The Stanford Prison Experiment Dir. Kyle Patrick Alvarez

[IFC Films; 2015]

Styles: psychodrama, prison movie
Others: Quiet Rage: The Stanford Prison Experiment, The Lucifer Effect (book), Kitty Genovese (murder)

The Stanford prison experiment is one of the most infamous examples of psychological control in modern times. But in this dramatized account of the experiment, one of the most damning instances of control comes from outside of the prison/experimental setting. Billy Crudup stars as Dr. Philip Zimbardo, the Stanford professor heading up the research. He’s written as a sort of contemporary progressive mad scientist, but the portrayal is grounded in reality and subtlety. (The entire film seems dedicated to providing an accurate reproduction of the actual events that transpired). And as the film progresses, Zimbardo’s experiment becomes an obsession, overcoming his powers of reasoning and good.

A quick primer for those who didn’t take Psychology 101 regarding the Stanford prison experiment: in 1971, Zimbardo conducted a study in which 24 male subjects were randomly selected to be either a prisoner or a guard in a mock prison setup in the basement of Jordan Hall, Stanford’s psychology building. The experiment was set to last two weeks, but it was cut short after only six days due to repeated psychological abuse of the prisoners by the guards. Given the subject matter, and the familiar, archetypal arc of a man (briefly) losing his sanity and humanity in the name of science, it’s actually surprising there hasn’t been a dramatized version of this incident before.

So then, to the aforementioned moment: Zimbardo has just wrapped up “visiting hours,” in which he allowed his prisoners to receive actual visitors. He is confronted by one of his subject’s parents, distressed at their son’s appearance and deteriorated mental state. Zimbardo, unwilling to risk his experiment at this juncture, attacks the parents’ pride, like a comic book villain using hypnosis. “Your son seems to be a pretty tough kid; do you think he can handle it?” he asks them. By turning their concern against them and making them seem weak, he is able to control them. Wanting to show their son’s strength through their own actions, they abandon their concern and wish “Mister” Zimbardo a good night. In a final jab that confirms his authority and their subservience, Zimbardo corrects the parents — “Doctor.”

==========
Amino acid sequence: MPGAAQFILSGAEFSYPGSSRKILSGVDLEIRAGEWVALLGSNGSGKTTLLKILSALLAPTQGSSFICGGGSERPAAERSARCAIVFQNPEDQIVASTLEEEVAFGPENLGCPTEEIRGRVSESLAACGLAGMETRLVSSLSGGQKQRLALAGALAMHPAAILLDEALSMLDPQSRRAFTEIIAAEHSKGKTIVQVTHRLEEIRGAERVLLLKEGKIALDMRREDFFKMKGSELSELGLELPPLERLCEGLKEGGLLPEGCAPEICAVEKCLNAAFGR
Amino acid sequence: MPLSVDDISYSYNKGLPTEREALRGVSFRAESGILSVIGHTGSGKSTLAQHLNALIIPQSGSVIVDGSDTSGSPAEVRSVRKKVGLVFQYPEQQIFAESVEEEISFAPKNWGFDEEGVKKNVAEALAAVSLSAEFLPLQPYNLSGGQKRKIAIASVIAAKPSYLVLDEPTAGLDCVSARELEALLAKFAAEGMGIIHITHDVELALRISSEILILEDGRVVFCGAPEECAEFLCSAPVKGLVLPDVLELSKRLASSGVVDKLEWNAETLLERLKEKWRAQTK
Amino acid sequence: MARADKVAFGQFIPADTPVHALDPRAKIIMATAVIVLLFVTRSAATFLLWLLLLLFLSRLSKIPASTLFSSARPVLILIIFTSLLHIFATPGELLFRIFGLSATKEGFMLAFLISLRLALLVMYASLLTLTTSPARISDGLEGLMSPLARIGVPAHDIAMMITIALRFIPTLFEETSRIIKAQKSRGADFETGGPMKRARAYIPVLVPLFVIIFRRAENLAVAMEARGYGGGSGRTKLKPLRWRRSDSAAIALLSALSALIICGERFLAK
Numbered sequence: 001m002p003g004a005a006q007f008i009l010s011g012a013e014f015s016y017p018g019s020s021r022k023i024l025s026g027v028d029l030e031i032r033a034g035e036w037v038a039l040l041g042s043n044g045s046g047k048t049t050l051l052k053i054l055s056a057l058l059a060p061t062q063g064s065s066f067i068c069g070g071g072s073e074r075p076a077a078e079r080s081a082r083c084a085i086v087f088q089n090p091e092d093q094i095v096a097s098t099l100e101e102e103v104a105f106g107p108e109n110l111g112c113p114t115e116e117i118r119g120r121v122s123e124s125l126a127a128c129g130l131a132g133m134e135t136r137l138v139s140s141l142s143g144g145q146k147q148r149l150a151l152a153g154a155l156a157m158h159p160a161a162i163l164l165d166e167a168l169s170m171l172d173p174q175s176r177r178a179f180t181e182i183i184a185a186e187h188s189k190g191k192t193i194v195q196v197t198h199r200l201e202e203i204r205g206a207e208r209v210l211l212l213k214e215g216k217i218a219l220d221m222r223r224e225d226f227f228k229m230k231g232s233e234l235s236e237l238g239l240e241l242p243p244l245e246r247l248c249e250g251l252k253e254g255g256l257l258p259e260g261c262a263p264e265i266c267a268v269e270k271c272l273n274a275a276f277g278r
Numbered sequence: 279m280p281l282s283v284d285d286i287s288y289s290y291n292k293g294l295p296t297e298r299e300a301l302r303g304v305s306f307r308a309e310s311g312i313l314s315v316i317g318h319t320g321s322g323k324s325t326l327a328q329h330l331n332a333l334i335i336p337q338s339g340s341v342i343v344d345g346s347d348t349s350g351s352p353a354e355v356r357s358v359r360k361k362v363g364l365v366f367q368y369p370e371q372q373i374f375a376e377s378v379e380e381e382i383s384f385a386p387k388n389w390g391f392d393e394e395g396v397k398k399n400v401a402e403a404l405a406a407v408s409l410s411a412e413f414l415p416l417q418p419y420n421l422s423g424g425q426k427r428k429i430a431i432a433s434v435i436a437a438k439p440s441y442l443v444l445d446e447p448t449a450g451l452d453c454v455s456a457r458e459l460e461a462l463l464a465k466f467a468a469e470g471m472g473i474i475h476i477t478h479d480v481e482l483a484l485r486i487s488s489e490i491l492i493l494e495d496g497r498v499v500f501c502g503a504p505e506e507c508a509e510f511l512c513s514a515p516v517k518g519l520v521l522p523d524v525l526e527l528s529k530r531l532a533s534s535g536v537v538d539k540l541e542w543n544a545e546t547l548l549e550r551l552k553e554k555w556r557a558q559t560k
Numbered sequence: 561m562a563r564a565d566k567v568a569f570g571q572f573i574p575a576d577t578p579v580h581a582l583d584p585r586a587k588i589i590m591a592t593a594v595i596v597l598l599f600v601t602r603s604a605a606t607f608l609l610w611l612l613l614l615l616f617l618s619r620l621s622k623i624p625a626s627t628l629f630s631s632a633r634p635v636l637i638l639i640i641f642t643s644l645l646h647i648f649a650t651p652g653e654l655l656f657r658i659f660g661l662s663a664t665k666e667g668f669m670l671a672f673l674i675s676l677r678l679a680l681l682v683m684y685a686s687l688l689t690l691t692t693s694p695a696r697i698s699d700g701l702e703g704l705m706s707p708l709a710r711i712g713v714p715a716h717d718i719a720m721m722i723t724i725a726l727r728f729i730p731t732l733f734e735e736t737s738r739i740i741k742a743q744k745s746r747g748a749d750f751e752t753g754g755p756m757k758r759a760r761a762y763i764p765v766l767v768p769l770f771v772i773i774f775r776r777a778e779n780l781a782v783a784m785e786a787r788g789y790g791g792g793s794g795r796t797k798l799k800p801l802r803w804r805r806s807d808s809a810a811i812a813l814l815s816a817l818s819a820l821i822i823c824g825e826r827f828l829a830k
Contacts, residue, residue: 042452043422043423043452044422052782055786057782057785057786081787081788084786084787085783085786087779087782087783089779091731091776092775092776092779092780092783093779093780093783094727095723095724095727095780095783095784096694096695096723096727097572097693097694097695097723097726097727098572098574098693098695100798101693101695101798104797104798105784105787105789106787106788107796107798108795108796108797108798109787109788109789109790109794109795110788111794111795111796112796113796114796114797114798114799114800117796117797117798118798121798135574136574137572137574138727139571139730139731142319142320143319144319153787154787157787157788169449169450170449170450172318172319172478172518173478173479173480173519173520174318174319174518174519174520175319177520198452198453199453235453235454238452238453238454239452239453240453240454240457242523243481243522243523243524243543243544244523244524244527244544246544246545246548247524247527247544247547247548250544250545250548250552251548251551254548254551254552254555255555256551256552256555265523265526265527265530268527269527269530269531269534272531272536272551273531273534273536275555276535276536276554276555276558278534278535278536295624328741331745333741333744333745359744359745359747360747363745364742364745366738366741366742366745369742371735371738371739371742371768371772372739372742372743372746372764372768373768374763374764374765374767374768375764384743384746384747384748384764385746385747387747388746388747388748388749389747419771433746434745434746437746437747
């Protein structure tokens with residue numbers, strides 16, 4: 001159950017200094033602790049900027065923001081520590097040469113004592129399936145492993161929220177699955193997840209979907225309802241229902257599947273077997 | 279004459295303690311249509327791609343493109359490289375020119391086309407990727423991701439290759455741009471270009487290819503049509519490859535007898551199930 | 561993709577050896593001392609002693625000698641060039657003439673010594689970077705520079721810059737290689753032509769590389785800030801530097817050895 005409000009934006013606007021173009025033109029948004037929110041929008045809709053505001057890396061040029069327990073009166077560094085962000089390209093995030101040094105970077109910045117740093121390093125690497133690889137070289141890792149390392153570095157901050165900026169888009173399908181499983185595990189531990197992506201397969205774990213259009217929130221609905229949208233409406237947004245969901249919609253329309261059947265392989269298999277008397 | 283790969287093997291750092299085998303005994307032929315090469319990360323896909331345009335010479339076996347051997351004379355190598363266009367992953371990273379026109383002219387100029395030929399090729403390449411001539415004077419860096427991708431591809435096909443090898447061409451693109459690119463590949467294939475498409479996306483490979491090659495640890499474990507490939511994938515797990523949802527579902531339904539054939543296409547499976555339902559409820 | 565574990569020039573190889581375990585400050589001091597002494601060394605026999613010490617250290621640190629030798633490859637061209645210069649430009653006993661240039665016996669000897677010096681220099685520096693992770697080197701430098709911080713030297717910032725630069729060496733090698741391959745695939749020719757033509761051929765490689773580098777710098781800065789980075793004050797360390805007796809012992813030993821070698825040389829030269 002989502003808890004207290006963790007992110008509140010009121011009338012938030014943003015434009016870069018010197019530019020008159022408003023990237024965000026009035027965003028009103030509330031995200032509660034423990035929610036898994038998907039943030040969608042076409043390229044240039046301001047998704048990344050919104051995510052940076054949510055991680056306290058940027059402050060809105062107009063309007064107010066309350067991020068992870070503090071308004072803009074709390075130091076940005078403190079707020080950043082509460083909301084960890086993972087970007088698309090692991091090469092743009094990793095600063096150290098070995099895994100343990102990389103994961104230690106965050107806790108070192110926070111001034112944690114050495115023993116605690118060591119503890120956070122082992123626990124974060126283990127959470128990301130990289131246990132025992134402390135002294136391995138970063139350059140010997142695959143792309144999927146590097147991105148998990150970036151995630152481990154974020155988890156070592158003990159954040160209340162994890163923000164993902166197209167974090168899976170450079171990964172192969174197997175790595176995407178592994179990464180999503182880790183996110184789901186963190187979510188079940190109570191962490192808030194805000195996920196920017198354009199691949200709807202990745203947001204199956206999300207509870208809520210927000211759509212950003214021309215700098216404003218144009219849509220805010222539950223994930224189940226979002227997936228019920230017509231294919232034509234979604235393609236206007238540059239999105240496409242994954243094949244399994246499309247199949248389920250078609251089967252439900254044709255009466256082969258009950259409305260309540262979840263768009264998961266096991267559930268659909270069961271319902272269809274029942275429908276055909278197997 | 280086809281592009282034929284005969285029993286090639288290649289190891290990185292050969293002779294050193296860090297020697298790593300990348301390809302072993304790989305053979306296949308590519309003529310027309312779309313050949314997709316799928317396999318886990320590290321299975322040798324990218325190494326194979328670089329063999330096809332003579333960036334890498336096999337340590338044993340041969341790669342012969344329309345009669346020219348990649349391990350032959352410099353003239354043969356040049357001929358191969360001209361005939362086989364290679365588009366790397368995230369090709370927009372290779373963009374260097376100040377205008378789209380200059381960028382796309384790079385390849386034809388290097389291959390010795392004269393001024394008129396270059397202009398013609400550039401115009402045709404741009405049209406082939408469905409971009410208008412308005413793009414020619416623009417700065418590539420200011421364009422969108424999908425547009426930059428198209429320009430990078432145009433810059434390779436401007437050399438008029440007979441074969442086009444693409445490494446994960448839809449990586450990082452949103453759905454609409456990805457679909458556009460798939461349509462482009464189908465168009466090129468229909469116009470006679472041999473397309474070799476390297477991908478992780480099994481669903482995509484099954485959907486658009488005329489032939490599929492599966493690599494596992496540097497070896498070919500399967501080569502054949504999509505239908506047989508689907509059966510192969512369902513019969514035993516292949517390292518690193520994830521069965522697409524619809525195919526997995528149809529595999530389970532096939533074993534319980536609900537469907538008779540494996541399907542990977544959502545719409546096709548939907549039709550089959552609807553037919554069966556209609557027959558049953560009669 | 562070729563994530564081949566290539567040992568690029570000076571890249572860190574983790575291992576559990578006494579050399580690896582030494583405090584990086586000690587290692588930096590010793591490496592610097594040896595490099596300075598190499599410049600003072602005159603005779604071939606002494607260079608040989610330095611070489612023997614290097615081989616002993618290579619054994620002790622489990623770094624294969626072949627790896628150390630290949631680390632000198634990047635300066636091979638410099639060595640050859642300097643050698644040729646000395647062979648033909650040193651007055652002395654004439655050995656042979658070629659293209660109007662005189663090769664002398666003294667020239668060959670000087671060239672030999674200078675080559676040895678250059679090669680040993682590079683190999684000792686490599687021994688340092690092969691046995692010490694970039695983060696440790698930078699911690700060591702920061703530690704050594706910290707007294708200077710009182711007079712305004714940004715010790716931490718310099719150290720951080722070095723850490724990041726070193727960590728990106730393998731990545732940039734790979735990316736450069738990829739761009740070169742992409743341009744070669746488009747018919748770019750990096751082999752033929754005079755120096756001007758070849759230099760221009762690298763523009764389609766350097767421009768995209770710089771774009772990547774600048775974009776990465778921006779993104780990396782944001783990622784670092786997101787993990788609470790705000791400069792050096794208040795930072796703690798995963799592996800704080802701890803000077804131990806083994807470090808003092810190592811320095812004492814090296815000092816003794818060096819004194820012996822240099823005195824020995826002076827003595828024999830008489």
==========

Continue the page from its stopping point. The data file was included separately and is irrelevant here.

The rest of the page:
The film also engages questions of simulation versus testing, the lack of an independent variable present, and the potentially clandestine nature of the entire experiment. But none of these elements would matter if the filmmakers couldn’t use them to make a captivating film. A great example of director Kyle Patrick Alvarez’s command of tone and tension comes in one of the final scenes in which the guard nicknamed “John Wayne” (Michael Angarano) torments an obedient, soft-spoken prisoner until he breaks. The prisoner objects to the use of profanity, and John Wayne eventually forces him to utter the word “bastard.” The scene repeatedly uses closeups, sometimes even crowding two characters’ faces into the frame, emphasizing the claustrophobia of the experiment and this incident in particular. The prisoners are so powerless they can’t even escape the frame.

A dramatized and filmed version of the Stanford prison experiment raises some interesting psychological points. Filming a movie is itself a type of controlled experiment, in which the chaos of reality is filtered and funneled into an often predetermined outcome. The actors portraying the prisoners and the guards are essentially playing the same roles as the students in 1971, but with one more step removed. But just how removed is that step? What makes actors able to inhabit these roles without losing their compassion? In any case, for now, I’m content with this strong adaptation of an important psychological study.

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